Incredibly Annoying Decisions

This was the week when common sense got locked in the linen closet and rules-for-the-sake-of-rules nimrods dominated.

Thus, we bring you three: Incredibly Annoying Decisions (IADs):

  1. In Boulder, Colo., at a rally for the Boulder High School football team as it got ready for its annual city rivalry game with crosstown Fairview, a booster group put up 150 balloons to build spirit.

  2. Enter morons.

    BHS principal Kevin Braney and athletic director Melissa Warfield showed up with frowns and made the moms pop all of the balloons, every single one, with pins.

    Why, you ask?

    "One of the kids has a latex allergy," the school told us.


    A latex allergy? Who's even heard of a latex allergy?

    So what, every time this kid goes to a car dealership, his mom has to pop all the balloons? What about a carnival? How did the kid ever survive birthday parties?

    Braney has a brain the size of a pin. If the kid has a latex allergy, make him go home. Even after the balloons pop, they're still latex. He's not in any less danger from the peril of balloons. Did he think they were going to attack?

    If the kid were allergic to wool, maybe Principal Braney would go around the school yanking off people's sweaters and burning them?

    If the kid is allergic to latex, tell him to stay away from the balloons! Or wear a SCUBA suit! Or live in a bubble!

    The PC police are alive and well at Boulder High School.

    And I can say that. I WENT there!

  3. In Seattle, high school referees thought they were doing a very small, very nice thing. They decided to blow pink whistles at the games they worked and donate their game checks to the breast cancer organization, Susan G. Koman for the Cure.

  4. Enter more morons.

    Washington Officials Association commissioner Todd Stordahl says the refs were out of line. He said they were out of uniform. He also says they should've asked permission to blow the pink whistles.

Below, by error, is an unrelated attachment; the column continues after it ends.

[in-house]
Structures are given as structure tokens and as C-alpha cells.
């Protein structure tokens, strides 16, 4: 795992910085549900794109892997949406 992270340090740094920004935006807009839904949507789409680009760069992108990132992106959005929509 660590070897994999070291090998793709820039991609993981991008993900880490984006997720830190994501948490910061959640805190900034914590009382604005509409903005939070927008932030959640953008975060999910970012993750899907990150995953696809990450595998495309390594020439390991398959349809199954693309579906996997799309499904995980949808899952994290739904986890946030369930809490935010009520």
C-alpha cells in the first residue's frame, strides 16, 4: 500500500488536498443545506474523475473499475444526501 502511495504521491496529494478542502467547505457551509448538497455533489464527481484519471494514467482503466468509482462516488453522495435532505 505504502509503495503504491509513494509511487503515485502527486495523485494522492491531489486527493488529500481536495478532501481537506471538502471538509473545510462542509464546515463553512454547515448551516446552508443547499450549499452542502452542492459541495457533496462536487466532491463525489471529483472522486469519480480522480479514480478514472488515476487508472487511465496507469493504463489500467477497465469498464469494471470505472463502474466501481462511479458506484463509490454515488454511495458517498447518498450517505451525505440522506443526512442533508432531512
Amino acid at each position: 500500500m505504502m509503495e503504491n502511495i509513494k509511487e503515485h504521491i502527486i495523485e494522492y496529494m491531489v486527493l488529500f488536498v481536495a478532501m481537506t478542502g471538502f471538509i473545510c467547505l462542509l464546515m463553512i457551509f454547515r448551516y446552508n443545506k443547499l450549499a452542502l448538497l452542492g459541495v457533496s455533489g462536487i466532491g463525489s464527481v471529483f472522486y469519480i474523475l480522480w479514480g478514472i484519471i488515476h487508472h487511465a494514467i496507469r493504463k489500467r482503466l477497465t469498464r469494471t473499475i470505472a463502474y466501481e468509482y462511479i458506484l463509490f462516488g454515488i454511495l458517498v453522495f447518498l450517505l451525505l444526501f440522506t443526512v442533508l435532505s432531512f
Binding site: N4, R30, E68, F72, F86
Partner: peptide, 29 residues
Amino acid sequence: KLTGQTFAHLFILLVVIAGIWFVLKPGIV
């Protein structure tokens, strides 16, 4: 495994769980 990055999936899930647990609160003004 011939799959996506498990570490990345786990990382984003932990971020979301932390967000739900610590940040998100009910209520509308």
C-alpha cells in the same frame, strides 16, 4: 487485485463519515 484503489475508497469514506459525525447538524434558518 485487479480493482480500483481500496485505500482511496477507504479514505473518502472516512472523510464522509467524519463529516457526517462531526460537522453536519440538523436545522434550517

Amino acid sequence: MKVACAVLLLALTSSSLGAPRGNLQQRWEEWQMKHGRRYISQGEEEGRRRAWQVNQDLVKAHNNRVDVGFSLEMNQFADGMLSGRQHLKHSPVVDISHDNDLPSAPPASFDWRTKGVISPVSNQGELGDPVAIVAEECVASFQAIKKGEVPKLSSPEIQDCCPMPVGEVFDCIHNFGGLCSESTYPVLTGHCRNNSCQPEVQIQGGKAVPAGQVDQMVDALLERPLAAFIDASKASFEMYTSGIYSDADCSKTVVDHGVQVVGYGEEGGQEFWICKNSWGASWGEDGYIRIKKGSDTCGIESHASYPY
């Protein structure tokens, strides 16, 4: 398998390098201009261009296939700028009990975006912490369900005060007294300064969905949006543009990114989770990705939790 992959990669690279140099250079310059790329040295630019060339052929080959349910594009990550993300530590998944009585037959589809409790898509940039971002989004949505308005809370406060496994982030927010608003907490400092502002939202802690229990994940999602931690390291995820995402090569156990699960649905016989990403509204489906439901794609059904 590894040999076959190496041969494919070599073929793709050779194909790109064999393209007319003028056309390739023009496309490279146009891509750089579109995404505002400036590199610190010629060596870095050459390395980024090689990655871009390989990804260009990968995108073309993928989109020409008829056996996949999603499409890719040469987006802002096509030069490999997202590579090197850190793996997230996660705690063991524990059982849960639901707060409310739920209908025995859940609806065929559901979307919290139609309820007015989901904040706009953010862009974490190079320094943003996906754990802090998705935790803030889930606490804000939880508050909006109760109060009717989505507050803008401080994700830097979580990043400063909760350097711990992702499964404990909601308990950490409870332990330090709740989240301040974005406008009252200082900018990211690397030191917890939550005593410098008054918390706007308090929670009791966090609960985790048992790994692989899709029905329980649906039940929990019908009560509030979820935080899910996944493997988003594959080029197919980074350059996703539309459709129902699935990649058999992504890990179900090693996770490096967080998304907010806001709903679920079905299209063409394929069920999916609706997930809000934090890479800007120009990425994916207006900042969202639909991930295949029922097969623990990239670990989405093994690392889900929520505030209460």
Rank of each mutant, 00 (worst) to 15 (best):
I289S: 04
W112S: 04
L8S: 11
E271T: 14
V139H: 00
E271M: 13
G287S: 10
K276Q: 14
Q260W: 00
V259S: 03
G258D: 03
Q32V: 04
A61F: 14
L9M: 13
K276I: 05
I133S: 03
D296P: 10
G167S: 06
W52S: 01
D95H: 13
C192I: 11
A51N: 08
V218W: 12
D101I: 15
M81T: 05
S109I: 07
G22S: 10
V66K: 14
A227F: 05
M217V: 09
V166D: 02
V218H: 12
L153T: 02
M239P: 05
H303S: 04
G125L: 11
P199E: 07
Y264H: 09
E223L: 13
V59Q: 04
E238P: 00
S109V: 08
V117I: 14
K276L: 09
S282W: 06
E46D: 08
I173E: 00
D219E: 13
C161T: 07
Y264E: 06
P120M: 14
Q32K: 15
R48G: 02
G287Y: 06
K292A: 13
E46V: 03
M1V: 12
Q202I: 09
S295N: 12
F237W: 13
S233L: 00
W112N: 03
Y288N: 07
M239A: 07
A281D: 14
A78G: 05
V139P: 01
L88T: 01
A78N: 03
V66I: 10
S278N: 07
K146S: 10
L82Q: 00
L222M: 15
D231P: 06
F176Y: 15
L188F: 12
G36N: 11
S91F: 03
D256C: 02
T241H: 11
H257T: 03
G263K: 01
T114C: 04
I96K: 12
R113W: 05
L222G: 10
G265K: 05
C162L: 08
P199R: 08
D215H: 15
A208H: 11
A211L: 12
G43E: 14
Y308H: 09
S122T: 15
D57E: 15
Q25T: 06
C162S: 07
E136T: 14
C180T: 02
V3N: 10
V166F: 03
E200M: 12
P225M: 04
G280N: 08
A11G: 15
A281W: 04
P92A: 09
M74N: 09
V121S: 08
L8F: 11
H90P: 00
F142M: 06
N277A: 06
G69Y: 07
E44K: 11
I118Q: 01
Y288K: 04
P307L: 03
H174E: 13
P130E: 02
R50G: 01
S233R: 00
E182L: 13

However, Stordahl apparently previously refused three other groups of officials who actually did request permission to use pink whistles. So I guess asking permission isn't the real issue with him.

    Sets a bad example for the kids, Stordahl insisted.

    Stordahl said he may punish the refs with pink slips, banning them from working the coming two playoff games. That's two extra game checks the refs would be out, plus the voluntary one they already missed.

    Can the person nearest Mr. Stordahl right now walk over to him and bop him in the forehead please? Thanks.

    Never mind that not a soul was hurt by this. Nor did chaos ensue. Nor were the refs trying to do anything but honor their sisters and wives and mothers. This was a good deed Stordahl feels compelled to punish.

    Meanwhile, in the NFL last month, players wore pink shoes, pink towels, pink chin straps, everything but pink jocks to support breast cancer research.

    Amazingly, nobody got suspended or fired for it.

    Mr. Stordahl, for the rest of your days, may all your white shirts come back pink.

  5. In Central Massachusetts, Auburn High School golfer Matt Carville shot a 78 to help the Auburn Rockets notch a three-shot win over Groton-Dunstable and give Auburn a shot at the state title.

  6. Cue even more morons.

    Tournament officials DQ'd the senior because he was using an iPod on the last two holes.

    Was Carville getting golf tips on his iPod? No. Was he getting the latest weather info? No. Was he listening to blood-pressure relaxation hypnotherapy? No. He was listening to music.

    I know what you're thinking. Wait a minute! Listening to your iPod isn't illegal, according to the USGA, as long as you don't gain an advantage from it. Carville wasn't.

    But tournament director Ron Spakauskas insisted it was a special rule instituted for this tournament. "No electronic devices," he said.

    Of course, the rule was intended for SkyCaddies and yardage shooters, stuff like that. Not AC/DC albums.

    Didn't matter. Spakauskas threw Auburn out of the state tournament and gave the trophy to Groton-Dunstable.

    Spakauskas is right, it was a rule in a very tiny, minuscule, not visible to the human eye kind of way.

    Sort of like Spakauskas' heart.